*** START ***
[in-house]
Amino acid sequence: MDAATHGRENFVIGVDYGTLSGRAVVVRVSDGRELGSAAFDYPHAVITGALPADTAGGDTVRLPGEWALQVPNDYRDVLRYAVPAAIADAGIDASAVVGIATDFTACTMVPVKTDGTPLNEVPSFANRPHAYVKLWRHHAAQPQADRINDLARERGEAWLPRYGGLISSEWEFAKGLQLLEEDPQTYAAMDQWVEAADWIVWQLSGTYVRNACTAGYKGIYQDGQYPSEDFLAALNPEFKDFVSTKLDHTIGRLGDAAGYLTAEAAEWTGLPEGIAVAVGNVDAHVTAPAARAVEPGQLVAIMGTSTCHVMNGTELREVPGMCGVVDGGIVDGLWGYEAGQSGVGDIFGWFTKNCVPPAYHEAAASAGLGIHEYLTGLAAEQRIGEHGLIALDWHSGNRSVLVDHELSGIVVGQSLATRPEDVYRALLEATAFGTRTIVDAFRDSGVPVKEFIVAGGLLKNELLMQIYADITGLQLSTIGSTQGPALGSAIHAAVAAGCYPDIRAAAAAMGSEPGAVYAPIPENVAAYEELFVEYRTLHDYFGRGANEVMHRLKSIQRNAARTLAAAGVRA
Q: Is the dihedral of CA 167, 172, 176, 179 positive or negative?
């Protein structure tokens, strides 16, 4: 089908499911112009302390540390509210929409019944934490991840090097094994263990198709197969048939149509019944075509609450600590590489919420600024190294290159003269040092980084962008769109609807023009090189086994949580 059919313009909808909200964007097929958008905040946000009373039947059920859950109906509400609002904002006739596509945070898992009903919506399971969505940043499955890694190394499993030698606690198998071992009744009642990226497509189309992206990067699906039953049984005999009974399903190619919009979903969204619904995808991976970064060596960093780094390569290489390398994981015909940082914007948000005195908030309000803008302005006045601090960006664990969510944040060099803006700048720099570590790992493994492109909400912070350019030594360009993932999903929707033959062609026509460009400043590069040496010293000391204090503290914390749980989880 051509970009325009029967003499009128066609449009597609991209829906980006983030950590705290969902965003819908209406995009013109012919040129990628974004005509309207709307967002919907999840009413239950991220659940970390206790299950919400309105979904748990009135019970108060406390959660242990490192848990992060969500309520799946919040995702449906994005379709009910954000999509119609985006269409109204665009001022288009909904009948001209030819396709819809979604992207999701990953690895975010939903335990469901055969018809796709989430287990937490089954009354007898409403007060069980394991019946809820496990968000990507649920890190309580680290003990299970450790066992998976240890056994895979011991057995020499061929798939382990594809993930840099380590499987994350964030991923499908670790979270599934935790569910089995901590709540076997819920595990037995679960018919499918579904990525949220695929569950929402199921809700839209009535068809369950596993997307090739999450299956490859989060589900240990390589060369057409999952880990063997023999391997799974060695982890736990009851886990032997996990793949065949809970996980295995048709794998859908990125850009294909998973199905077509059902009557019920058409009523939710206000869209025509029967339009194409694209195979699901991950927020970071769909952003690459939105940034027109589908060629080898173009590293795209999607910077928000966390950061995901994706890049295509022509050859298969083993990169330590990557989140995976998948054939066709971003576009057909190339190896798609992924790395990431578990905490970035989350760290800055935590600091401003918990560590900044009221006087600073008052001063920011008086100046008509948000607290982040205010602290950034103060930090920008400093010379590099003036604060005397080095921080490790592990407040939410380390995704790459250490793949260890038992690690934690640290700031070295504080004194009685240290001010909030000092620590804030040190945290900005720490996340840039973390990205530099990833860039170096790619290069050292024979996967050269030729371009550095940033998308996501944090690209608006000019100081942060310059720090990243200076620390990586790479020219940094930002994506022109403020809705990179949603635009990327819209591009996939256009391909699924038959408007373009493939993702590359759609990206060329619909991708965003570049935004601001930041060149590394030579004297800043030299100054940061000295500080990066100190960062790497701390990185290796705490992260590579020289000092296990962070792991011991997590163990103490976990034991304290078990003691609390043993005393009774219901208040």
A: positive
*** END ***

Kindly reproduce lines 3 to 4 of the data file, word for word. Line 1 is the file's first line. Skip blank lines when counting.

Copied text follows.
Q: Is the dihedral of CA 167, 172, 176, 179 positive or negative?
């Protein structure tokens, strides 16, 4: 089908499911112009302390540390509210929409019944934490991840090097094994263990198709197969048939149509019944075509609450600590590489919420600024190294290159003269040092980084962008769109609807023009090189086994949580 059919313009909808909200964007097929958008905040946000009373039947059920859950109906509400609002904002006739596509945070898992009903919506399971969505940043499955890694190394499993030698606690198998071992009744009642990226497509189309992206990067699906039953049984005999009974399903190619919009979903969204619904995808991976970064060596960093780094390569290489390398994981015909940082914007948000005195908030309000803008302005006045601090960006664990969510944040060099803006700048720099570590790992493994492109909400912070350019030594360009993932999903929707033959062609026509460009400043590069040496010293000391204090503290914390749980989880 051509970009325009029967003499009128066609449009597609991209829906980006983030950590705290969902965003819908209406995009013109012919040129990628974004005509309207709307967002919907999840009413239950991220659940970390206790299950919400309105979904748990009135019970108060406390959660242990490192848990992060969500309520799946919040995702449906994005379709009910954000999509119609985006269409109204665009001022288009909904009948001209030819396709819809979604992207999701990953690895975010939903335990469901055969018809796709989430287990937490089954009354007898409403007060069980394991019946809820496990968000990507649920890190309580680290003990299970450790066992998976240890056994895979011991057995020499061929798939382990594809993930840099380590499987994350964030991923499908670790979270599934935790569910089995901590709540076997819920595990037995679960018919499918579904990525949220695929569950929402199921809700839209009535068809369950596993997307090739999450299956490859989060589900240990390589060369057409999952880990063997023999391997799974060695982890736990009851886990032997996990793949065949809970996980295995048709794998859908990125850009294909998973199905077509059902009557019920058409009523939710206000869209025509029967339009194409694209195979699901991950927020970071769909952003690459939105940034027109589908060629080898173009590293795209999607910077928000966390950061995901994706890049295509022509050859298969083993990169330590990557989140995976998948054939066709971003576009057909190339190896798609992924790395990431578990905490970035989350760290800055935590600091401003918990560590900044009221006087600073008052001063920011008086100046008509948000607290982040205010602290950034103060930090920008400093010379590099003036604060005397080095921080490790592990407040939410380390995704790459250490793949260890038992690690934690640290700031070295504080004194009685240290001010909030000092620590804030040190945290900005720490996340840039973390990205530099990833860039170096790619290069050292024979996967050269030729371009550095940033998308996501944090690209608006000019100081942060310059720090990243200076620390990586790479020219940094930002994506022109403020809705990179949603635009990327819209591009996939256009391909699924038959408007373009493939993702590359759609990206060329619909991708965003570049935004601001930041060149590394030579004297800043030299100054940061000295500080990066100190960062790497701390990185290796705490992260590579020289000092296990962070792991011991997590163990103490976990034991304290078990003691609390043993005393009774219901208040």